An interim final rule released by the Federal Reserve on March 18 offers modest relief to all banking organizations subject to regulatory buffer requirements by making more flexible the definition of "eligible net income". In case a firm may have depleted its net income (from which distributions are taken) over the previous four quarters through dividends or share repurchases, the interim final rule allows all banking organizations to calculate any restrictions based on a new definition of "eligible retained income"—the greater of (i) net income for the four calendar quarters preceding the current calendar quarter, net of any distributions and associated tax effects; and (ii) the average net income for the four calendar quarters preceding the current calendar quarter, without distributions excluded.
Banking organizations may want to advocate for relief from the distribution and bonus restrictions. On one hand, the agencies have already indicated this week that they view the buffers as capital that should be used to assist customers, and therefore restrictions that cause bank reluctance to use the buffers would appear counter to this policy goal. On the other hand, it is possible that relief may not be politically palatable to the agencies, given that the restrictions on capital distributions and share buybacks caused by dipping into the buffers may be consistent with Congressional policy views during this crisis.
What if we dip into our reserved high quality liquid assets (HQLA), and fall below 100% of our liquidity coverage ratio (LCR)?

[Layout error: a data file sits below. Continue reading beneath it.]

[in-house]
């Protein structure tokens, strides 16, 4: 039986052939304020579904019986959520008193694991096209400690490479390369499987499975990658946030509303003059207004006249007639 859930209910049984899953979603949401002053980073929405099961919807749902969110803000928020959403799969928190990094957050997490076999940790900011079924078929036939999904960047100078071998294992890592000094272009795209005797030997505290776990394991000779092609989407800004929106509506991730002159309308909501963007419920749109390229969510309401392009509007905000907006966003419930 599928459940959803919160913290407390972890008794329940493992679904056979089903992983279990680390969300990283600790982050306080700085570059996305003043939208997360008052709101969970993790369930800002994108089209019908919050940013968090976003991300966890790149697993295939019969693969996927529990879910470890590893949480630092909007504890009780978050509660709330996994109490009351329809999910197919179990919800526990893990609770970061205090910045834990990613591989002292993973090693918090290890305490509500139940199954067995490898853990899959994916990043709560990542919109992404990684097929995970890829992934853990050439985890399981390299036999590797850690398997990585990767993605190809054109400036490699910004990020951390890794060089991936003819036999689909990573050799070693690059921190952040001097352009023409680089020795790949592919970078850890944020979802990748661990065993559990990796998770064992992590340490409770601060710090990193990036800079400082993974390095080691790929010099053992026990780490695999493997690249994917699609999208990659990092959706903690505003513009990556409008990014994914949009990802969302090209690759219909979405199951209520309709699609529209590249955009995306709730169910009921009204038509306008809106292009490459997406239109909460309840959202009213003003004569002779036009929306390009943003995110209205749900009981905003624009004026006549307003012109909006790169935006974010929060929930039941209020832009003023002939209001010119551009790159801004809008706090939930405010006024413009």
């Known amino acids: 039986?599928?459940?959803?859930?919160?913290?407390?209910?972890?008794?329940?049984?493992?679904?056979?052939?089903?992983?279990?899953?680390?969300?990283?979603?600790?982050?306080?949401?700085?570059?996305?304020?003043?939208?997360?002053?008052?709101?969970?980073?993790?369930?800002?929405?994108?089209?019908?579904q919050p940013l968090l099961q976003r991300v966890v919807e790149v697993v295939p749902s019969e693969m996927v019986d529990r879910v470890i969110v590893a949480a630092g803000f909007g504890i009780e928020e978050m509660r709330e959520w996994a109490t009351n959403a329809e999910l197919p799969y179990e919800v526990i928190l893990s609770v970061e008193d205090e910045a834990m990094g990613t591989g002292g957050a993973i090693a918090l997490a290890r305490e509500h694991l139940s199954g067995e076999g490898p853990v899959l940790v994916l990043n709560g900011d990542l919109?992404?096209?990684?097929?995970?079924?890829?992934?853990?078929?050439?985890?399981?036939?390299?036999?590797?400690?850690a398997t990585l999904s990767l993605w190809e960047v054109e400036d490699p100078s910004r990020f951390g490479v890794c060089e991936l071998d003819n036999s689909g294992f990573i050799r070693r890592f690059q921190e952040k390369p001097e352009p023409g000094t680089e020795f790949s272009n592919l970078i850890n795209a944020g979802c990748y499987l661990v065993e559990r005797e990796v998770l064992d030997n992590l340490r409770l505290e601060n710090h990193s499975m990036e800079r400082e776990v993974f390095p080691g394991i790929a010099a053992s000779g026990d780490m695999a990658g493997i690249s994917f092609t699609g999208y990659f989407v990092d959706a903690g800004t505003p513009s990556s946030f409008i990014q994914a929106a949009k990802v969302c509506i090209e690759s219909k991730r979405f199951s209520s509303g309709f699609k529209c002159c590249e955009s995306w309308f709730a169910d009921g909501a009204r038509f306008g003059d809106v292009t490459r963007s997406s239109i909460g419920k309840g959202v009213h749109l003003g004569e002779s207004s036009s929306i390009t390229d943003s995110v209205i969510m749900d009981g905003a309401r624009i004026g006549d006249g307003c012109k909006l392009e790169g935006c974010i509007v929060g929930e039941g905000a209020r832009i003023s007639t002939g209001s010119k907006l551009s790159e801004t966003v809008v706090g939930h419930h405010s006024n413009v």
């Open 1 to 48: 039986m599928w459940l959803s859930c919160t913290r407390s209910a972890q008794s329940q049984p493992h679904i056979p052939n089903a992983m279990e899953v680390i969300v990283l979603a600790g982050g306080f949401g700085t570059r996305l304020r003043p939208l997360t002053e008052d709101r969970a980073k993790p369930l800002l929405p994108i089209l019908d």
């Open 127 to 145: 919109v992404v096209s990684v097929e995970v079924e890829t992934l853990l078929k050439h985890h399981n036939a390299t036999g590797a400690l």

Notwithstanding the agencies' encouragement to use both "management" buffers ("extra" above the minimum 100% LCR) as well as the LCR, a March 19 FAQ issued by the agencies indicates that dipping below a 100% LCR still requires a remediation plan "promptly". Furthermore, the LCR regulation indicates that a banking organization must notify its regulator on any day in which it has fallen below the 100% minimum. While a plan is required, the agencies reiterated that there "is no requirement to rebuild HQLA within a specific time period."
This notification to the Federal Reserve that a banking organization is using its LCR buffer capacity would not be publicly disclosed. However, banking organizations subject to the LCR must publicly disclose on a quarterly basis quantitative information about their LCR calculation.
Prompt notice to an institution's primary regulator, followed by appropriate oversight, in lieu of a remediation plan, could have been better encouragement to banks. The possibility of a remediation plan will effectively act as a deterrent to using more of a firm's high quality liquid asset store. Banks may want to advocate for more leniency in relation to this requirement.
How might participation in some of the recently announced funding and liquidity facilities affect my capital and liquidity compliance?
Generally, the facilities are designed to add cash liquidity to, and to replace other assets on, a firm's balance sheet. Effects may be different for each banking organization depending upon how the liquidity is deployed. Generally, the agencies have indicated where they have thought there might be a capital or liquidity consideration: